Session of exiled elements of the Missouri legislature convened in the southwest Missouri town of Neosho and claimed to have passed an Ordinance of Secession on October 30, with the Governor-in-Exile Jackson signing on October 31, 1861.

November 28, 1861

The Confederate Congress officially admitted Missouri as the 12th Confederate State on November 28, 1861.

March 13, 1862

General Order Number 2M
St. Louis, Mo., March 13, 1862

1. Martial law has never been legally declared in Missouri except in the city of St. Louis, and on and in the immediate vicinity of the railroads and telegraph lines and even in these localities military officers are specially directed not to interfere with lawful process of any loyal civil court. It is believed that the time will soon come when the rebellion in Missouri may be considered as terminated, and when even the partial and temporary military restraint which has been exercised in particular places, may be entirely withdrawn. By none is this more desired than by the General commanding.

2. It must, however, be borne in mind that in all places subject to the incursions of the enemy, or to the depredations of insurgents and guerrilla bands, the military are authorized, without any formal declaration of martial law, to adopt such measures as may be necessary to restore the authority of the Government, and punish all violations of the laws of war. This power will be exercised only where the peace of the country and the success of the Union cause absolutely require it.

3. Evidence has been received at these Headquarters that Major General Sterling Price has issued commissions or licenses to certain bandits in this State authorizing them to raise "Guerrilla forces," for the purpose of plunder and marauding. Gen. Price ought to know that such a course is contrary to the rules of civilized warfare, and that every man that enlists in such an organization forfeits his life, and becomes an outlaw. All persons are hereby warned that, if they join any guerrilla band, they will not, if captured, be treated as ordinary prisoners of war, but will be hung as robbers and murderers. Their lives shall atone for the barbarity of their General.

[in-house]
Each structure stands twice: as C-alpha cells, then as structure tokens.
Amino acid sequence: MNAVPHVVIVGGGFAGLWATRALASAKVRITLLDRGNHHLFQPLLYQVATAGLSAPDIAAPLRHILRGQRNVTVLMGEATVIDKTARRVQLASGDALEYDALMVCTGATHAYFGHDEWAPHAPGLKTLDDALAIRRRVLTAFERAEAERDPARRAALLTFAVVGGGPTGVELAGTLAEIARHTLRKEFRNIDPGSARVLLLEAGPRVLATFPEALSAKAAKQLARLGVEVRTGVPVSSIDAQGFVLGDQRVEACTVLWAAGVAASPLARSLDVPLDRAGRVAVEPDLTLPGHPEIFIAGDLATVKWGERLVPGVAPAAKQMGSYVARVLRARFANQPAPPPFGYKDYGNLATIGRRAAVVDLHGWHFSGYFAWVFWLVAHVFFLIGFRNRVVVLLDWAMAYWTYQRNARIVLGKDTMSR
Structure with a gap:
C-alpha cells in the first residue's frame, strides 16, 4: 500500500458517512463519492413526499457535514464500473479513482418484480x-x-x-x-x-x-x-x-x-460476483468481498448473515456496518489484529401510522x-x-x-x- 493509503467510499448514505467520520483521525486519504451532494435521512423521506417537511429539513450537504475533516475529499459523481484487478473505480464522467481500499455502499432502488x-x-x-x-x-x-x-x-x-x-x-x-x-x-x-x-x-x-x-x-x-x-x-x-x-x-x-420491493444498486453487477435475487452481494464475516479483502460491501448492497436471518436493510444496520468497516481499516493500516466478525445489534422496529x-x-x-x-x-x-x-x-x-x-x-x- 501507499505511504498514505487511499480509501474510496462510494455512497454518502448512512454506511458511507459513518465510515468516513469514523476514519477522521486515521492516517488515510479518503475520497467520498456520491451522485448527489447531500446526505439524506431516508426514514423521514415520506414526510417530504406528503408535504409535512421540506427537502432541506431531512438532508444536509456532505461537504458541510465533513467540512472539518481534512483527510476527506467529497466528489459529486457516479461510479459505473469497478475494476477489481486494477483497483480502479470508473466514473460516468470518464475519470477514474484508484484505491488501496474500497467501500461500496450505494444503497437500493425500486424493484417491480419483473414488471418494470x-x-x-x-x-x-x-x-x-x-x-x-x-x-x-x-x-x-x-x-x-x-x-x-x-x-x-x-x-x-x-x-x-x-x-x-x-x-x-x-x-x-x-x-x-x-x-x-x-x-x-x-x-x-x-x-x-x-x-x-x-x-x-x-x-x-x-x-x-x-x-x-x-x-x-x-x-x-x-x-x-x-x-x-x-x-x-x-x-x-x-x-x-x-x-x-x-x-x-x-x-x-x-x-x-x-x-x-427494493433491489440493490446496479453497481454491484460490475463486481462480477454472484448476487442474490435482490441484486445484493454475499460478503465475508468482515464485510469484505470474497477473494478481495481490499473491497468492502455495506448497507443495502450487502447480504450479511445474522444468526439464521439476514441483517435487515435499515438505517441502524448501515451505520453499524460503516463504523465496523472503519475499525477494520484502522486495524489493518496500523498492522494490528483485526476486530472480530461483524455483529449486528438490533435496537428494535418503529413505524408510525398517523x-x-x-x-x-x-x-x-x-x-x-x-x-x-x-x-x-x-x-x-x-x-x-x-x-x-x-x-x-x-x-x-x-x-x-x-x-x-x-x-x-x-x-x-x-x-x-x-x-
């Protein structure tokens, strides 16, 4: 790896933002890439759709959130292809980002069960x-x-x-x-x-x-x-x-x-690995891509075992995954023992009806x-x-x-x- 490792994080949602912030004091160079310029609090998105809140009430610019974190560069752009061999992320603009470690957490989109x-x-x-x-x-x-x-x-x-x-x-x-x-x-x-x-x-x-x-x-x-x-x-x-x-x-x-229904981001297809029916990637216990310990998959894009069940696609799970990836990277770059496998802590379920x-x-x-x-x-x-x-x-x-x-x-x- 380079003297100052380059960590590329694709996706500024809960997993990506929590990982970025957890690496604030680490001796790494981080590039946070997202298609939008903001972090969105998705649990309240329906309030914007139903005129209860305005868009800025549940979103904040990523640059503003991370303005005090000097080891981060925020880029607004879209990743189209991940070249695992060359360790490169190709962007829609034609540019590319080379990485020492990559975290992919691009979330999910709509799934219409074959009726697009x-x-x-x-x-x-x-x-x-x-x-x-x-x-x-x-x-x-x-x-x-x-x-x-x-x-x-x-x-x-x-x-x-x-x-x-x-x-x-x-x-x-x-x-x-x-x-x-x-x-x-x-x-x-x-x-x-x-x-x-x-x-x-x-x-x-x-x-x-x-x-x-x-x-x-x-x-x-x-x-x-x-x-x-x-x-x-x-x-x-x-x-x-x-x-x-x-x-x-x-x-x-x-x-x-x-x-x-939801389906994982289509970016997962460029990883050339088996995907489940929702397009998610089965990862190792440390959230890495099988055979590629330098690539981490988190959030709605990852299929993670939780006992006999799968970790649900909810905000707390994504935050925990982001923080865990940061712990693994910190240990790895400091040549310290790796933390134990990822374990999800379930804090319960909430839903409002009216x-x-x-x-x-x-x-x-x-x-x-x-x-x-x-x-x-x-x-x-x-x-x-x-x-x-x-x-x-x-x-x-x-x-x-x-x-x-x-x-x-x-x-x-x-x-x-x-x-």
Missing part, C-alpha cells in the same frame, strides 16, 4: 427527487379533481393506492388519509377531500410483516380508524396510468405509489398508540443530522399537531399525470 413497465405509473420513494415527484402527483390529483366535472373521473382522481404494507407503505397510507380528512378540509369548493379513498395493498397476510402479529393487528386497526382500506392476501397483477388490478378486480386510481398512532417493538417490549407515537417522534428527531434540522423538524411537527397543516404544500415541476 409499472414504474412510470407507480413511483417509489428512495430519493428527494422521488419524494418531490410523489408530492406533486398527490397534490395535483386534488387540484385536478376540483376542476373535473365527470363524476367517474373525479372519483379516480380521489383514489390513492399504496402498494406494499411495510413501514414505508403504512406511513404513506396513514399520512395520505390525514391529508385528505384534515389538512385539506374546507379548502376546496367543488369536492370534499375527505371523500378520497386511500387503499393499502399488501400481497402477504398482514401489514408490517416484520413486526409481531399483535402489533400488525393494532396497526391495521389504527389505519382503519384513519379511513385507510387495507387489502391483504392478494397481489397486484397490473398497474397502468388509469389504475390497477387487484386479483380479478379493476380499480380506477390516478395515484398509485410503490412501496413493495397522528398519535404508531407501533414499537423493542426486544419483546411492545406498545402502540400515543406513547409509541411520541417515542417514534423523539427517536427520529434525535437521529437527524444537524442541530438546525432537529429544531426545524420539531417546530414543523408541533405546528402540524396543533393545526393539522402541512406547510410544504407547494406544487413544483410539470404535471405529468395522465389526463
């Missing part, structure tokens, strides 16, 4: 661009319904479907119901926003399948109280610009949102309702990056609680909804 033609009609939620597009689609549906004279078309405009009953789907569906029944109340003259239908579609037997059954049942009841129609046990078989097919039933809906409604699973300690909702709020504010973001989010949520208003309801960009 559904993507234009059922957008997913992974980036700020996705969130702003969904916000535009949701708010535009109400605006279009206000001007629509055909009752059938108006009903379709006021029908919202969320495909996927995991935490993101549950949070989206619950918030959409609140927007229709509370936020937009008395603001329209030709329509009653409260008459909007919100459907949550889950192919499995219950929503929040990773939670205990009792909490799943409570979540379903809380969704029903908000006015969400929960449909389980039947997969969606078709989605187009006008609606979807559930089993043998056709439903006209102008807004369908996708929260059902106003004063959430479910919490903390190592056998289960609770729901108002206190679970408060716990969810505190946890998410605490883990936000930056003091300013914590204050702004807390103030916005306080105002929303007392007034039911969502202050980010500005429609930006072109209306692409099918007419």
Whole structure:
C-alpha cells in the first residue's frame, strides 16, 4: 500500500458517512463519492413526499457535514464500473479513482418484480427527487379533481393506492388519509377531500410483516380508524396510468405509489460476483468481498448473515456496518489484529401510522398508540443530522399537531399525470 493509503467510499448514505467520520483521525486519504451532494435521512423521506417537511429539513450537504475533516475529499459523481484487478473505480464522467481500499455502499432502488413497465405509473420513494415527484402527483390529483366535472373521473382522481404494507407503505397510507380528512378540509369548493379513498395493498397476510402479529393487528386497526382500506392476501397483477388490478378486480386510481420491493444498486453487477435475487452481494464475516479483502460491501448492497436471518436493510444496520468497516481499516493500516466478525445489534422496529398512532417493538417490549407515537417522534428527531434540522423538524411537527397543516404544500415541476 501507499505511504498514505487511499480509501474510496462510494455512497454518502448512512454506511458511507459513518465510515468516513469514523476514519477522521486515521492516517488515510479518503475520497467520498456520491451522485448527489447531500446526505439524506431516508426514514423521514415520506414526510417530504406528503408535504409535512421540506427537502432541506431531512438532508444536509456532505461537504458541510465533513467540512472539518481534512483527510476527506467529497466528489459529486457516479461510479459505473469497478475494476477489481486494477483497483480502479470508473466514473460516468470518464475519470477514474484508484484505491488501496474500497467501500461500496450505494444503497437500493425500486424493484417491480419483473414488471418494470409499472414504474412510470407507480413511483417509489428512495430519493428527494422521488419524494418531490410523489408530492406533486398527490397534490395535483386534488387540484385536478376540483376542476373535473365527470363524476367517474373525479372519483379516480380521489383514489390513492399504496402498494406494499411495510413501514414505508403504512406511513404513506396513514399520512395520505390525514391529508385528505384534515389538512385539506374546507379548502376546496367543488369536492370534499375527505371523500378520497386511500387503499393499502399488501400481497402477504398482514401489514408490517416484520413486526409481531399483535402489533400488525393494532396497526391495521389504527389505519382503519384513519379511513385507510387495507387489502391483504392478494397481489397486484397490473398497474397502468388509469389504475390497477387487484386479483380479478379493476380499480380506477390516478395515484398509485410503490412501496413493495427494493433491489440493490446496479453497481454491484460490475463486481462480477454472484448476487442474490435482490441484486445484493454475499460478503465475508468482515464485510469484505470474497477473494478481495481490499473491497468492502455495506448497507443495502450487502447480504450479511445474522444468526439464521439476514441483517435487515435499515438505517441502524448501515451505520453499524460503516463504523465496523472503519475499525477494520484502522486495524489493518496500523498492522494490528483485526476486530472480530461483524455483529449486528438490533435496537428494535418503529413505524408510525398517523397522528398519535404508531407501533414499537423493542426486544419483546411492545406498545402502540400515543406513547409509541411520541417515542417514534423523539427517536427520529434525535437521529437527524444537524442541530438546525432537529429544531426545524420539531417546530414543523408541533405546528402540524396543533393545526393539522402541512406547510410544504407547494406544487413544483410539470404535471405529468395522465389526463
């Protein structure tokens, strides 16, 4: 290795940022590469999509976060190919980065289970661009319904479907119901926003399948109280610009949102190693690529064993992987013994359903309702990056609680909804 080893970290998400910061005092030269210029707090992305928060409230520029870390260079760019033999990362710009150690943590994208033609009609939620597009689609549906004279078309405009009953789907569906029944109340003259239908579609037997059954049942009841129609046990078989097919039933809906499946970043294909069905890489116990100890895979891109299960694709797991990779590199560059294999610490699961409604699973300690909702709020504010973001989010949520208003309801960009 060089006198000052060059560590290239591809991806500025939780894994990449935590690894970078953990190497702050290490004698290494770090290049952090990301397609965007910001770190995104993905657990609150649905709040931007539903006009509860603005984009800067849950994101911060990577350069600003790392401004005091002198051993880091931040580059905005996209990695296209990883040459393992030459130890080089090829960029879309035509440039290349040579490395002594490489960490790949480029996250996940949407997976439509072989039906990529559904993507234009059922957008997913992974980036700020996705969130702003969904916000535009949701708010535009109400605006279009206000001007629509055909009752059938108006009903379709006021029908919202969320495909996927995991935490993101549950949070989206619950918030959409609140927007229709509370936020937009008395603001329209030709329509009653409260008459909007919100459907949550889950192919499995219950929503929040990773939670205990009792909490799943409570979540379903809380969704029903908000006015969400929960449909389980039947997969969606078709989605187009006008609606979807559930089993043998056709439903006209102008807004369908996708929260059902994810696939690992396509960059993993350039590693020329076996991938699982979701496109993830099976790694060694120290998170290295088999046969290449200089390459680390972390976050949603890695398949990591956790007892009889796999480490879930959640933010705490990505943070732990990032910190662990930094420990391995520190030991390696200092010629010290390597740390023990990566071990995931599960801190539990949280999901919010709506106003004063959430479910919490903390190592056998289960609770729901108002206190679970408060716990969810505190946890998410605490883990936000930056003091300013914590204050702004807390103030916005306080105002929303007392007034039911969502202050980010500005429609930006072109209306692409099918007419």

By Command of Major General Halleck
N. H. McLean, Assistant Adjutant General

April 14, 1862

Battle of Montevallo

April 21, 1862

Partisan Ranger Act, Confederate States Congress, April 21, 1862

Section 1. The congress of the Confederate States of America do enact, That the president be, and he is hereby authorized to commission such officers as he may deem proper with authority to form bands of partisan rangers, in companies, battalions, or regiments, to be composed of such members as the President may approve.

Section 2. Be it further enacted, that such partisan rangers, after being regularly received in the service, shall be entitled to the same pay, rations, and quarters during the term of service, and be subject to the same regulations as other soldiers.

Section 3. Be its further enacted, That for any arms and munitions of war captured from the enemy by any body of partisan rangers and delivered to any quartermaster at such place or places may be designated by a commanding general, the rangers shall be paid their full value in such manner as the Secretary of War may prescribe.

July 17, 1862

Congress passes the Second Confiscation Act, or The Confiscation Act of 1862. This allows for confiscation of property from people who participate in the war.

Confederate Partisan Act in Missouri

I. For the more effectual annoyance of the enemy upon our rivers and in our mountains and woods all citizens of this district who are not conscripted are called upon to organize themselves into independent companies of mounted men or infantry, as they prefer, arming themselves and to serve in that part of the district to which they belong.

II. When as many as 10 men come together for this purpose they may organize by electing a captain, 1 sergeant, 1 corporal, and will at once commence operations against the enemy without waiting for special instructions. Their duty will be to cut off Federal pickets, scouts, foraging parties and trains and to kill pilots and others on gunboats and transports, attacking them day and night and using the greatest vigor in their movements. As soon as the company attains the strength required by law it will proceed to elect the other officers to which it is entitled. All such organizations will be reported to their headquarters as sonn as practicable. they will receive pay and allowances for subsistance and forage for the time actually in the field, as established by the affidavits of their captains.